Beliefnet
Religious conservatives and others have repeatedly cited the Church of Scientology as an example of a non-mainstream group that should not be allowed to compete for social service funding through President Bush's proposed faith-based initiative, which would make available more federal funds for social programs run by religious groups.

John J. DiIulio Jr., director of the newly established White House Office of Faith-Based and Community Initiatives, has stated repeatedly that all religious groups would be allowed to compete for funds under the program.

The Church of Scientology on Tuesday, April 3, issued the following statement in response to the criticism it has received.

Regarding President Bush's Faith-based Initiative Regarding President Bush's Faith-based Initiative

Discussion of President Bush's plan for the Office of Faith-based and Community Initiatives has in some cases turned ugly. Frankly, the clergy involved should know better.

The Church of Scientology does not attempt to judge or pass comment on the religion of others. We respect man no matter his race, color or creed. We respect the religious beliefs and race, color or creed. We respect the religious beliefs and practices of others. Our creed, in fact, embodies our belief that all men have "inalienable rights to their own religious practices and their performance." "And that no agency less than God has the power to suspend or set aside these rights." We exemplify these beliefs in our ecumenical relations.

While every person is entitled to their views, even those who concede they are not based on any personal knowledge or fact, it is not even remotely productive to make sweeping accusations that demean and vilify the religion of millions of Americans.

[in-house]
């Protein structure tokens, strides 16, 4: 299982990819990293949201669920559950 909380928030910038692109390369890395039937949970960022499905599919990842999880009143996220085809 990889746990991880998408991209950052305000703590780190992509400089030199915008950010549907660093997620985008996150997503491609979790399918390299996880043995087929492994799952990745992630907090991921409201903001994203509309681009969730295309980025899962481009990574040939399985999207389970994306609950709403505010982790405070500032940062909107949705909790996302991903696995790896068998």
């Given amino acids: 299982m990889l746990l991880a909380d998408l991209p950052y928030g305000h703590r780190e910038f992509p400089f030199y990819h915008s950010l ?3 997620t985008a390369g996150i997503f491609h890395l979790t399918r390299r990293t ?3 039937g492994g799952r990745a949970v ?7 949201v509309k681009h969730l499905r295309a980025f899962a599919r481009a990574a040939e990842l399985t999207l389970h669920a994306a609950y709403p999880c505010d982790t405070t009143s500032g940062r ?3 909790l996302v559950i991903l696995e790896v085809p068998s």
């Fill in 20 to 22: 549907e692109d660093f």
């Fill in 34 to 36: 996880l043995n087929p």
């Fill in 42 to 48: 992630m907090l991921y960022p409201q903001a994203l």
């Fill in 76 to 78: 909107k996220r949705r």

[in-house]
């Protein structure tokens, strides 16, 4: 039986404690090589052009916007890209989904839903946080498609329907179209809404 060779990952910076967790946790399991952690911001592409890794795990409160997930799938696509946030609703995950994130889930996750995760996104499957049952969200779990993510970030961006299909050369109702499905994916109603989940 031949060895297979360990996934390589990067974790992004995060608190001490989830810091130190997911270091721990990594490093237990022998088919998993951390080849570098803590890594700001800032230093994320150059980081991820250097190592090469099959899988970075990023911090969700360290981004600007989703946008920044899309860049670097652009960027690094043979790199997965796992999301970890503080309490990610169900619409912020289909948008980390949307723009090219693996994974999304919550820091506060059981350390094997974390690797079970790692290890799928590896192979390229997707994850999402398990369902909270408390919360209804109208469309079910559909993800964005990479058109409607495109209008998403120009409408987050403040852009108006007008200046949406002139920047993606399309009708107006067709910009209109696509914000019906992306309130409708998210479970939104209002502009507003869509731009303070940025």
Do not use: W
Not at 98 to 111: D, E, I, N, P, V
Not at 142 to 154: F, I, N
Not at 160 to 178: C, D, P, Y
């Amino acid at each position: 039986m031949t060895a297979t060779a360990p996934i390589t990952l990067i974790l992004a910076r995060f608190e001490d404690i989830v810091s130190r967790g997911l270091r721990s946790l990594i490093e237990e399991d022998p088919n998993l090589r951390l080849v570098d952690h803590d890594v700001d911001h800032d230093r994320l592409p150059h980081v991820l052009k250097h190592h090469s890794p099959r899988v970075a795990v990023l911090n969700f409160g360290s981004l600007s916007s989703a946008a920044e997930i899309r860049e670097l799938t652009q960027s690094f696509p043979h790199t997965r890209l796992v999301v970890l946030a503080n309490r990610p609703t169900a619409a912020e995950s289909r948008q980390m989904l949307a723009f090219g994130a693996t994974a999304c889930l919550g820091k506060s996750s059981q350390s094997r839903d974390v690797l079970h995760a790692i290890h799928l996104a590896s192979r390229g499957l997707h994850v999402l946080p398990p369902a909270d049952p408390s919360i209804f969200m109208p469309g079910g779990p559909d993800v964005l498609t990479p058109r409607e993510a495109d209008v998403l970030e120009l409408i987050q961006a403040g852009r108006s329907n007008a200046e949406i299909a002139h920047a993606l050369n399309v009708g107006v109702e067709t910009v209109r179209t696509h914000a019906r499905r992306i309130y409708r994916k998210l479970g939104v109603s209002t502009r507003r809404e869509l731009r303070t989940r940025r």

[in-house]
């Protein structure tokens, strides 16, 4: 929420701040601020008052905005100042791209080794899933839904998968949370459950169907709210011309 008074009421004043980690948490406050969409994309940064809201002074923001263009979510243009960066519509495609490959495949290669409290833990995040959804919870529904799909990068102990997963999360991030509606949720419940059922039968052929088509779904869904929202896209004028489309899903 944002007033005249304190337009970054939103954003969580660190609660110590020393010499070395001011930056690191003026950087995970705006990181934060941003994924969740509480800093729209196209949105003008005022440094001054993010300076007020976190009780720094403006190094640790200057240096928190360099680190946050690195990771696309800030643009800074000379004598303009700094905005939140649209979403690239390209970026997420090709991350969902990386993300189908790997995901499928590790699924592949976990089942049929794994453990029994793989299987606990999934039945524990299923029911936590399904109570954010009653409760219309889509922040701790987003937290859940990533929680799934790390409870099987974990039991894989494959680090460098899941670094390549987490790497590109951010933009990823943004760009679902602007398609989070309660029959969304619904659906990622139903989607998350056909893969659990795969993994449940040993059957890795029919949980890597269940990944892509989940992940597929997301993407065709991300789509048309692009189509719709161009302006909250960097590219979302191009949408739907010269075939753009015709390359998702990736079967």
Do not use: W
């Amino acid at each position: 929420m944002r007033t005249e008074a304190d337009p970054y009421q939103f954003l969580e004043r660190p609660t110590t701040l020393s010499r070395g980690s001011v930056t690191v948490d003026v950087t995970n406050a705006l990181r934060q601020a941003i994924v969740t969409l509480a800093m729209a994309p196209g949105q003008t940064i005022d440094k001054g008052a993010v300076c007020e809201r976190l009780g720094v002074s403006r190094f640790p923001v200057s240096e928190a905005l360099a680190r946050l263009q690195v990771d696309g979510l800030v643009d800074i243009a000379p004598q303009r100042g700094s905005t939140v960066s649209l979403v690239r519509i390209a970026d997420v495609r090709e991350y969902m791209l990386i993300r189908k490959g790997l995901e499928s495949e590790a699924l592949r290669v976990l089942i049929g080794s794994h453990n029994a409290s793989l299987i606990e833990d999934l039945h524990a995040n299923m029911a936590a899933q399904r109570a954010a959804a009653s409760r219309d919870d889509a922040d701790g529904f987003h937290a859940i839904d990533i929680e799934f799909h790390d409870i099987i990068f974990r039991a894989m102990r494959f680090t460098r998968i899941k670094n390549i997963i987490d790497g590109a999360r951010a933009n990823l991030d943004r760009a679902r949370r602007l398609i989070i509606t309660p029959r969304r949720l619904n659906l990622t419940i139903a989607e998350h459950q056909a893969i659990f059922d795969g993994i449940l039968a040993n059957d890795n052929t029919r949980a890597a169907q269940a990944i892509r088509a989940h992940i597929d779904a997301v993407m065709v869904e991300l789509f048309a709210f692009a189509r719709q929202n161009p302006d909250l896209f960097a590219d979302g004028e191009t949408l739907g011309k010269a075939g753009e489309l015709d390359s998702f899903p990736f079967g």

Government funding of social betterment activities is nothing new. Religious charities, such as Catholic Charities, Lutheran Services of America and the YMCA collect billions of dollars in federal money for their charitable programs. The organizations that sponsor these charitable activities happen to be affiliated with major religious movements. Up to now, this has not been controversial. When the programs are chosen based on the merits and effective results, then there are no reasons for complaint.

We support very effective drug rehabilitation and literacy programs that have always enjoyed excellent relations with the communities they serve, and they are open to people of all religions. These programs have freed more than 250,000 people from the ravages of drug addiction and have helped thousands more learn to read.

The religious leaders of this country should not be climbing over the backs of their brethren in a mad scramble for government coins. Clergy of all faiths need to work together to solve the problems of escalating drug use, crime and illiteracy and the crashing moral values in this country. That is our traditional role in the community as religious institutions and it is a role we are uniquely designed to fulfill.

Janet Weiland

Vice President

Church of Scientology International

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